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January 09, 2016


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I see you have stumbled upon modern restating of David Hume's 18th century philosophy. Nice.

For those of us who understand the limitations of this well-trodden and well-refuted philosophy, other parts of your post raise more interesting questions.

You write, apparently oblivious to the irony "I like books that take some of my cherished assumptions about how the world works and chew them up into tiny pieces before putting them in a Truth Blender where they're dissolved into unrecognizable thought-mush."

Which books are they, Brian? Surely not this one you're reviewing here, seeing as it is completely in accord with your atheist & scientism beliefs as expressed here over the years?

Actually, I cannot recall you reviewing or mentioning having read a SINGLE book which, actually, genuinely challenges your "cherished assumptions", over the past several years here? Did you read any of the many books I listed here a few years ago? Perhaps your opinion of your own open mindedness and willingness to challenge your own assumptions are not as close to actual reality as you would like to believe? That is just one of ways the trap of belief, in this case a belief in scientism, tricks us.

Here's another unambiguous example.

It's all well and good Alex Rosenberg banging on about "reality" and what not, but he doesn't seem too well connected to it himself. He writes:

"You will be able to undercut some arguments just by pointing out that they make assumptions about reality that science has already shown to be false -- for example, that humans have soul"

When did science "already" show the idea "humans have a soul" "to be false"?

Name the paper, the authors, the institute etc of this scientific research?

And, once we get past the entirely certain, unambiguous, factual "reality" that no such scientific research even exists, let alone shown something to be "false", we must move onto the obvious question; what makes a person distort & fabricate reality so unquestioningly? It is that old motivator dogma and belief. At least he admits it and is proud of it!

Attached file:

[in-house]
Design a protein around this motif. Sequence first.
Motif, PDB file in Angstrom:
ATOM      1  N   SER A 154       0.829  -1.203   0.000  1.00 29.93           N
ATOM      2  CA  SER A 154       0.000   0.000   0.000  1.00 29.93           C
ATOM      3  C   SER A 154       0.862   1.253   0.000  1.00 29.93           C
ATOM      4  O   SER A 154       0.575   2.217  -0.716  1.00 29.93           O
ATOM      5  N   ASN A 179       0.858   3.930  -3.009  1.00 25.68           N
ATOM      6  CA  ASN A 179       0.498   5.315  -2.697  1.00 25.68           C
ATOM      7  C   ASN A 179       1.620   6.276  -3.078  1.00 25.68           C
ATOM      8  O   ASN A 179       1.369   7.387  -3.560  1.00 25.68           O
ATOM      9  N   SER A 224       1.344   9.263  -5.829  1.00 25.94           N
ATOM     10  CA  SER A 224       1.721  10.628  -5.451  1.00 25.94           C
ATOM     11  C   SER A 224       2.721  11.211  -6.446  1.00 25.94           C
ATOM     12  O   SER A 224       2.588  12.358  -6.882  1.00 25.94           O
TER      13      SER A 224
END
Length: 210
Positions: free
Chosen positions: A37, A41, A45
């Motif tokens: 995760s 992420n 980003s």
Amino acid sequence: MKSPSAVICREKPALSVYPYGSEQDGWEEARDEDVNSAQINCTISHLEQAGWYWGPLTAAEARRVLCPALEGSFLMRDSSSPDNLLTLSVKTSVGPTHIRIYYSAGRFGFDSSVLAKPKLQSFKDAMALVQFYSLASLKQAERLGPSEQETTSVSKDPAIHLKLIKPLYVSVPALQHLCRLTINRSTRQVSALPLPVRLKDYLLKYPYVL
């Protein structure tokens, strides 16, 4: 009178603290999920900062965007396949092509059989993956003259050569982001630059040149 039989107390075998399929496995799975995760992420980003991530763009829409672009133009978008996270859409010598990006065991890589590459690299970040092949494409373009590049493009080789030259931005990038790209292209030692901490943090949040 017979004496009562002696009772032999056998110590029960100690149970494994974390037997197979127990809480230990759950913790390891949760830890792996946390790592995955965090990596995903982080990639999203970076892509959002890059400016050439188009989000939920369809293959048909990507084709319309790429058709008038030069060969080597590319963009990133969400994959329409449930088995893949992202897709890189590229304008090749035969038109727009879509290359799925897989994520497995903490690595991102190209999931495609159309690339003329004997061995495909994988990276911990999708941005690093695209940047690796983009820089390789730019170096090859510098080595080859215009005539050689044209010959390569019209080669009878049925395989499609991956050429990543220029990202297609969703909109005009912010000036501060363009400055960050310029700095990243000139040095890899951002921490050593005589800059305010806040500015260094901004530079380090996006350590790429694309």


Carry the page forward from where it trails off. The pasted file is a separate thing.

Welcome to the ChurchofScientism.

Manjit, I'm perplexed by how you know my utterly subjective (meaning, hidden from others) mind so well.

How would you be able to tell whether I found Rosenberg's book "mind blowing" or not? Could it be that you'd just projecting your own subjectivity onto me? Well, that's what we all do to some extent. We make up stories about other people, then have fun discussing them with others.

But objective reality is different. This is what I found mind blowing about this book. It challenged me to question my long-held assumptions that "meaning" means something, that people can have purposes, that history tells us important things about possible futures.

Like I said in this post, Rosenberg does an amazing job of using science to demolish intuitive beliefs about how the mind works. We can't trust introspection to reveal how the mind/brain does its thing. What feels true to us often isn't. So science is the best (and maybe only) guide to how reality actually is.

Sorry Brian, you've lost me - where in my post did I say anything about whether or not you found Rosenberg's book mind-blowing? Perhaps any and all projection involved here is all you?

I never once mentioned "mind-blowing". Fact.

Perhaps you are conflating my comment about you not reading anything which, genuinely, challenges your assumptions about reality? That I think is obvious to anyone and everyone reading your blog over the last few years. You are of course entitled to deny the obvious.

Sure you were "mind-blown" by Rosenberg's book. It's not hard to understand what you mean. But what I am pointing out is the entirely obvious - whilst your mind was "blown", it clearly didn't blow away the mindset within which you clearly existed before you read it. This is obvious. But please carry on.

I wouldn't argue the actual philosophy you're promoting, it's far too passé for me.

PS - in case you missed it! I'm up for some genuine science to "challenge my assumptions":

"Name the paper, the authors, the institute etc of this scientific research?"

Are you?


Manjit, here's what you said: "Actually, I cannot recall you reviewing or mentioning having read a SINGLE book which, actually, genuinely challenges your 'cherished assumptions', over the past several years here?"

I just gave you three examples from Rosenberg's book that challenged some of my long-held assumptions. To me that is synonymous with "mind blowing," because some cherished assumptions of mine were blown up and replaced with other ones more in tune with reality.

Read Rosenberg's book if you want a long list of scientific sources that support his key theses. You'll have a lot of reading to do. They're in a final section called "The Backstory."

Ey ey Briandula ... Dogma upon dogma.. The religious scientist playa